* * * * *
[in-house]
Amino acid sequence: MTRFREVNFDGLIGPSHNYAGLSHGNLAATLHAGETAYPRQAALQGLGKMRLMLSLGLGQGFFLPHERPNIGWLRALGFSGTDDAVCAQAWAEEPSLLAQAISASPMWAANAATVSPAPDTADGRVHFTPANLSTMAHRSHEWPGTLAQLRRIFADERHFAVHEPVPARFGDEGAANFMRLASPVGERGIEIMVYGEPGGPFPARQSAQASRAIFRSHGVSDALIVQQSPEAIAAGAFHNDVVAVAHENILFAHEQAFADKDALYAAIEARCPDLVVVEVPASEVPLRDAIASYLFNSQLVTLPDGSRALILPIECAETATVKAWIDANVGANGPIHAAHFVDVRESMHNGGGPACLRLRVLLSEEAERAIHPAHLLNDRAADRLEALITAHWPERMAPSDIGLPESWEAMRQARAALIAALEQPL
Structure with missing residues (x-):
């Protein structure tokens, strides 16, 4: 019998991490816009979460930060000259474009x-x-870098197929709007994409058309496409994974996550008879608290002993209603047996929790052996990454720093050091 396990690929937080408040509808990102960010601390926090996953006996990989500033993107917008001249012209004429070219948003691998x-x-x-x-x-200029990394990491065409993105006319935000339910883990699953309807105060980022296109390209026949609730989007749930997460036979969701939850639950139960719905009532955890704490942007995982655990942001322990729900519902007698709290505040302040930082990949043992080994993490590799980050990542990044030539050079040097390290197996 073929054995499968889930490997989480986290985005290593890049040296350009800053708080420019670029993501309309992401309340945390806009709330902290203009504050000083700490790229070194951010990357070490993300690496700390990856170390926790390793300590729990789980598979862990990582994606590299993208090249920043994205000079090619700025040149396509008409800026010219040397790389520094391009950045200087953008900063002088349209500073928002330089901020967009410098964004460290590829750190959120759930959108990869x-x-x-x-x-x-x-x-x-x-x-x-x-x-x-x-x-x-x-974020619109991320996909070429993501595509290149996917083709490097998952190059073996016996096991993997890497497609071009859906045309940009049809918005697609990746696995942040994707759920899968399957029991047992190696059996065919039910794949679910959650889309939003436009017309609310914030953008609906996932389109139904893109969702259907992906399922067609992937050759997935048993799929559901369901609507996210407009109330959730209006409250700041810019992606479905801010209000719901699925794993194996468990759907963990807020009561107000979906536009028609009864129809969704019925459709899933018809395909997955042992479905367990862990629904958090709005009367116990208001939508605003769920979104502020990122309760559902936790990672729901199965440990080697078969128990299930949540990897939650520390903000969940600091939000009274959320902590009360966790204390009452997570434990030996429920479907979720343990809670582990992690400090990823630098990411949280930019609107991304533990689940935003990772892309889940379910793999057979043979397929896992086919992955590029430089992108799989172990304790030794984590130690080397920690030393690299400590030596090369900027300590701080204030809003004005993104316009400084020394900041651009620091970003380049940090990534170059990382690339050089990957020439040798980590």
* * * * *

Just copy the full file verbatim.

[in-house]
Amino acid sequence: MTRFREVNFDGLIGPSHNYAGLSHGNLAATLHAGETAYPRQAALQGLGKMRLMLSLGLGQGFFLPHERPNIGWLRALGFSGTDDAVCAQAWAEEPSLLAQAISASPMWAANAATVSPAPDTADGRVHFTPANLSTMAHRSHEWPGTLAQLRRIFADERHFAVHEPVPARFGDEGAANFMRLASPVGERGIEIMVYGEPGGPFPARQSAQASRAIFRSHGVSDALIVQQSPEAIAAGAFHNDVVAVAHENILFAHEQAFADKDALYAAIEARCPDLVVVEVPASEVPLRDAIASYLFNSQLVTLPDGSRALILPIECAETATVKAWIDANVGANGPIHAAHFVDVRESMHNGGGPACLRLRVLLSEEAERAIHPAHLLNDRAADRLEALITAHWPERMAPSDIGLPESWEAMRQARAALIAALEQPL
Structure with missing residues (x-):
């Protein structure tokens, strides 16, 4: 019998991490816009979460930060000259474009x-x-870098197929709007994409058309496409994974996550008879608290002993209603047996929790052996990454720093050091 396990690929937080408040509808990102960010601390926090996953006996990989500033993107917008001249012209004429070219948003691998x-x-x-x-x-200029990394990491065409993105006319935000339910883990699953309807105060980022296109390209026949609730989007749930997460036979969701939850639950139960719905009532955890704490942007995982655990942001322990729900519902007698709290505040302040930082990949043992080994993490590799980050990542990044030539050079040097390290197996 073929054995499968889930490997989480986290985005290593890049040296350009800053708080420019670029993501309309992401309340945390806009709330902290203009504050000083700490790229070194951010990357070490993300690496700390990856170390926790390793300590729990789980598979862990990582994606590299993208090249920043994205000079090619700025040149396509008409800026010219040397790389520094391009950045200087953008900063002088349209500073928002330089901020967009410098964004460290590829750190959120759930959108990869x-x-x-x-x-x-x-x-x-x-x-x-x-x-x-x-x-x-x-974020619109991320996909070429993501595509290149996917083709490097998952190059073996016996096991993997890497497609071009859906045309940009049809918005697609990746696995942040994707759920899968399957029991047992190696059996065919039910794949679910959650889309939003436009017309609310914030953008609906996932389109139904893109969702259907992906399922067609992937050759997935048993799929559901369901609507996210407009109330959730209006409250700041810019992606479905801010209000719901699925794993194996468990759907963990807020009561107000979906536009028609009864129809969704019925459709899933018809395909997955042992479905367990862990629904958090709005009367116990208001939508605003769920979104502020990122309760559902936790990672729901199965440990080697078969128990299930949540990897939650520390903000969940600091939000009274959320902590009360966790204390009452997570434990030996429920479907979720343990809670582990992690400090990823630098990411949280930019609107991304533990689940935003990772892309889940379910793999057979043979397929896992086919992955590029430089992108799989172990304790030794984590130690080397920690030393690299400590030596090369900027300590701080204030809003004005993104316009400084020394900041651009620091970003380049940090990534170059990382690339050089990957020439040798980590």